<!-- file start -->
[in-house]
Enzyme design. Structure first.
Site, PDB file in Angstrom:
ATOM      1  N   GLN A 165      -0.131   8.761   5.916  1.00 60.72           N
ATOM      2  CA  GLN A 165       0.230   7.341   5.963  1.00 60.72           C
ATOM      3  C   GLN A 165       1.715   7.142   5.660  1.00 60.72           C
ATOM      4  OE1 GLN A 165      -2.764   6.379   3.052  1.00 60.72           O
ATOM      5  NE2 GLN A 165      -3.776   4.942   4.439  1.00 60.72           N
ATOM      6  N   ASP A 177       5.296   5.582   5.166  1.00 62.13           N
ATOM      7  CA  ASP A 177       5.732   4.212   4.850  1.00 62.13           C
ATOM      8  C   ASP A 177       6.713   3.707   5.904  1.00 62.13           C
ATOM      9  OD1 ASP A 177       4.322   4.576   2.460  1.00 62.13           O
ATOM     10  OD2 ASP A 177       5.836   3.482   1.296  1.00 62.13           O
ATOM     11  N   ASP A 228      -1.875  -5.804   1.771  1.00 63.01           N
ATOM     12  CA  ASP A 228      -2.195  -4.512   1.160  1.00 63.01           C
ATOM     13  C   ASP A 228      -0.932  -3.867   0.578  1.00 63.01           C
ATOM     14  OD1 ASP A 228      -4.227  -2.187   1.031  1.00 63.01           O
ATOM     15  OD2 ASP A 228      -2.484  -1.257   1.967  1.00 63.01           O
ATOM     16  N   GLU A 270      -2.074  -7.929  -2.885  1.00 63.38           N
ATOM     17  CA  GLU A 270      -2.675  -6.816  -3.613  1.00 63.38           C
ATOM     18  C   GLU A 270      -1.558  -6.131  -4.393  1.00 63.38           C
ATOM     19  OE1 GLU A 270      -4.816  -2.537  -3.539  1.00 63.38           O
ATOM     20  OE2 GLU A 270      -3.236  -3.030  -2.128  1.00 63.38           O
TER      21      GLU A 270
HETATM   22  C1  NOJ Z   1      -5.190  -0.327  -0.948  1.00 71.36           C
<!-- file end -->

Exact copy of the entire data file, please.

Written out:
[in-house]
Enzyme design. Structure first.
Site, PDB file in Angstrom:
ATOM      1  N   GLN A 165      -0.131   8.761   5.916  1.00 60.72           N
ATOM      2  CA  GLN A 165       0.230   7.341   5.963  1.00 60.72           C
ATOM      3  C   GLN A 165       1.715   7.142   5.660  1.00 60.72           C
ATOM      4  OE1 GLN A 165      -2.764   6.379   3.052  1.00 60.72           O
ATOM      5  NE2 GLN A 165      -3.776   4.942   4.439  1.00 60.72           N
ATOM      6  N   ASP A 177       5.296   5.582   5.166  1.00 62.13           N
ATOM      7  CA  ASP A 177       5.732   4.212   4.850  1.00 62.13           C
ATOM      8  C   ASP A 177       6.713   3.707   5.904  1.00 62.13           C
ATOM      9  OD1 ASP A 177       4.322   4.576   2.460  1.00 62.13           O
ATOM     10  OD2 ASP A 177       5.836   3.482   1.296  1.00 62.13           O
ATOM     11  N   ASP A 228      -1.875  -5.804   1.771  1.00 63.01           N
ATOM     12  CA  ASP A 228      -2.195  -4.512   1.160  1.00 63.01           C
ATOM     13  C   ASP A 228      -0.932  -3.867   0.578  1.00 63.01           C
ATOM     14  OD1 ASP A 228      -4.227  -2.187   1.031  1.00 63.01           O
ATOM     15  OD2 ASP A 228      -2.484  -1.257   1.967  1.00 63.01           O
ATOM     16  N   GLU A 270      -2.074  -7.929  -2.885  1.00 63.38           N
ATOM     17  CA  GLU A 270      -2.675  -6.816  -3.613  1.00 63.38           C
ATOM     18  C   GLU A 270      -1.558  -6.131  -4.393  1.00 63.38           C
ATOM     19  OE1 GLU A 270      -4.816  -2.537  -3.539  1.00 63.38           O
ATOM     20  OE2 GLU A 270      -3.236  -3.030  -2.128  1.00 63.38           O
TER      21      GLU A 270
HETATM   22  C1  NOJ Z   1      -5.190  -0.327  -0.948  1.00 71.36           C